Applying solder paste
Next is the messy bit. Of course, you’ll need some solder paste. I used this solder paste, which is a lead-free variant.It basically means that you won’t kill yourself slowly with lead poisoning, which is always a good thing. The other good thing about this solder paste is that it can stay on the boards for up to 8 hours without drying up. That’s plenty of time to get these boards loaded and soldered.
The process is pretty simple. Apply solder paste to the edge of a card so that you have a nice even line.Credit cards work well as they are ridged with a bit of flexibility, but you really should use a card that is bigger than the PCB and only make one pass over the board.The reason for this is that the stencil doesn’t really lie completely flat.When you apply solder paste the stencil can move up slightly as you pass over. As it moves up, it can produce a small vacuum that sucks solder back on to the board.When you pass over it again, the stencil pushes that bit down onto the PCB. The problem gets worse, the passes you make. And once you have solder paste underneath the stencil, things go from bad to worse and you’ll have to just stop, clean both the PCB and stencil, and start again.Next you’ll need to remove the stencil very carefully. Any slight movement and you’ll mess up the solder.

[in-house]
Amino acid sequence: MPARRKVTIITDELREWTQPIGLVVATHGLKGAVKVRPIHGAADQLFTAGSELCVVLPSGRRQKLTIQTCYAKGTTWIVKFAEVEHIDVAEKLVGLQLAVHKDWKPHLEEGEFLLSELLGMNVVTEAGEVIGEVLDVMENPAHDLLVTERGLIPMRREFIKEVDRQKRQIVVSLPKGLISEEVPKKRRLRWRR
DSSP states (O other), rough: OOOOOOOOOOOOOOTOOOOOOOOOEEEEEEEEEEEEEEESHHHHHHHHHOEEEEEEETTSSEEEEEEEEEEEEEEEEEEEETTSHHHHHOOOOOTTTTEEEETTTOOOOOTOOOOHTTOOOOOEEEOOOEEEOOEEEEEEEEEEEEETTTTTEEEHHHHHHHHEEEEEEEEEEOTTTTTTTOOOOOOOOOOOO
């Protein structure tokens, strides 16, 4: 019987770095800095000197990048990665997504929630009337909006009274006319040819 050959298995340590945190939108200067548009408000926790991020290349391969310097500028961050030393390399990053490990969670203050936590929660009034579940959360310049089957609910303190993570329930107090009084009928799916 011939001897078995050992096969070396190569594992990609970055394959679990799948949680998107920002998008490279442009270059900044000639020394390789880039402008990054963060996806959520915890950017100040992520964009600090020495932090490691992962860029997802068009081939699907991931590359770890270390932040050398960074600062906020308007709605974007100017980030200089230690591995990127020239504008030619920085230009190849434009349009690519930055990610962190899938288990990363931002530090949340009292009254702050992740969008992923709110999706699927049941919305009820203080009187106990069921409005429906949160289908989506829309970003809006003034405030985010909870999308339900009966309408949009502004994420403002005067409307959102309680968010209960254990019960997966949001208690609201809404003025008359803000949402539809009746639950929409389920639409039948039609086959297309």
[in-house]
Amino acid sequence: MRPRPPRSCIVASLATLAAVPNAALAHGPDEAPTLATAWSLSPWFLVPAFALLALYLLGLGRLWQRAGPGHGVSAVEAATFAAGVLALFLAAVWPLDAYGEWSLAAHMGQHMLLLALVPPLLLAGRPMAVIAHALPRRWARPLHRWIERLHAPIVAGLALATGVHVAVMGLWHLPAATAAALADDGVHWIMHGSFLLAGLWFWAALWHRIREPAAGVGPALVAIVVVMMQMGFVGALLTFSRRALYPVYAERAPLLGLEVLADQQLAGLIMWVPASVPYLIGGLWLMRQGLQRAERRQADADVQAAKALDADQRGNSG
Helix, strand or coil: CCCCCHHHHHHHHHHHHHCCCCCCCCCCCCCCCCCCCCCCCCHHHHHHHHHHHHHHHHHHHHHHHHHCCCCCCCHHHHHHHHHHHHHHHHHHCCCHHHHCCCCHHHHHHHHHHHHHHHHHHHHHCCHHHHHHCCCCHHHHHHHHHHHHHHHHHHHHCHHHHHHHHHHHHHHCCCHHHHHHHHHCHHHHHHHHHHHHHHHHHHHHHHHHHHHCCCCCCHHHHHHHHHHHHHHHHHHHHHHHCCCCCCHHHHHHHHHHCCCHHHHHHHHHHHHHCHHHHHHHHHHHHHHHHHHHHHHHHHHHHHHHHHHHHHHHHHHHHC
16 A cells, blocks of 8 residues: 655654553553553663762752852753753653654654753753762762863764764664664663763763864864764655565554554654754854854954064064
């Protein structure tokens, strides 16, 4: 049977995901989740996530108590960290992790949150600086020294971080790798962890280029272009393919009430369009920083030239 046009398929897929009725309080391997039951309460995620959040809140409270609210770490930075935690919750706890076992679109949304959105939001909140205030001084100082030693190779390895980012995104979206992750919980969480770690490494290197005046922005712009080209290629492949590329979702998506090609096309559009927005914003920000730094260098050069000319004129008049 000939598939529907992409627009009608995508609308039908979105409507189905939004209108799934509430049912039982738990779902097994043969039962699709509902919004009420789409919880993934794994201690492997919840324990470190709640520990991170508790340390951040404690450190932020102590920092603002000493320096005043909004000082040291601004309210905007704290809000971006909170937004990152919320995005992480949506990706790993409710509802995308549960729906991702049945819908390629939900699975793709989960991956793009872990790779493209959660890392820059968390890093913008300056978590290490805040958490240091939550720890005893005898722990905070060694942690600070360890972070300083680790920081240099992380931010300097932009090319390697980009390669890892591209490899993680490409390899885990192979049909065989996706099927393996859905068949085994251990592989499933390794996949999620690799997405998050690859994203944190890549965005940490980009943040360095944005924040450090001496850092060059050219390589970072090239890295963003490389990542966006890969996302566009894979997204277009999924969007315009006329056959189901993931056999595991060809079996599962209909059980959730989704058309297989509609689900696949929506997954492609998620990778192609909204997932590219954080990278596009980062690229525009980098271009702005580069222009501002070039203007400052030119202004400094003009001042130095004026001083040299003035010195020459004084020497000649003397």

For example; the second batch of boards I moved the stencil very slightly. It completely stuffed everything up. If you do this, you’ll need to thoroughly clean both the PCB and stencil, and start again.
After you’ve removed the stencil, visually inspect to make sure everything is OK.Then cleanup. Pack away any spare solder back into the container. Set aside the PCBs you’ve pasted and cleanup the stencil. You don’t want any dry solder paste stuffing things up later.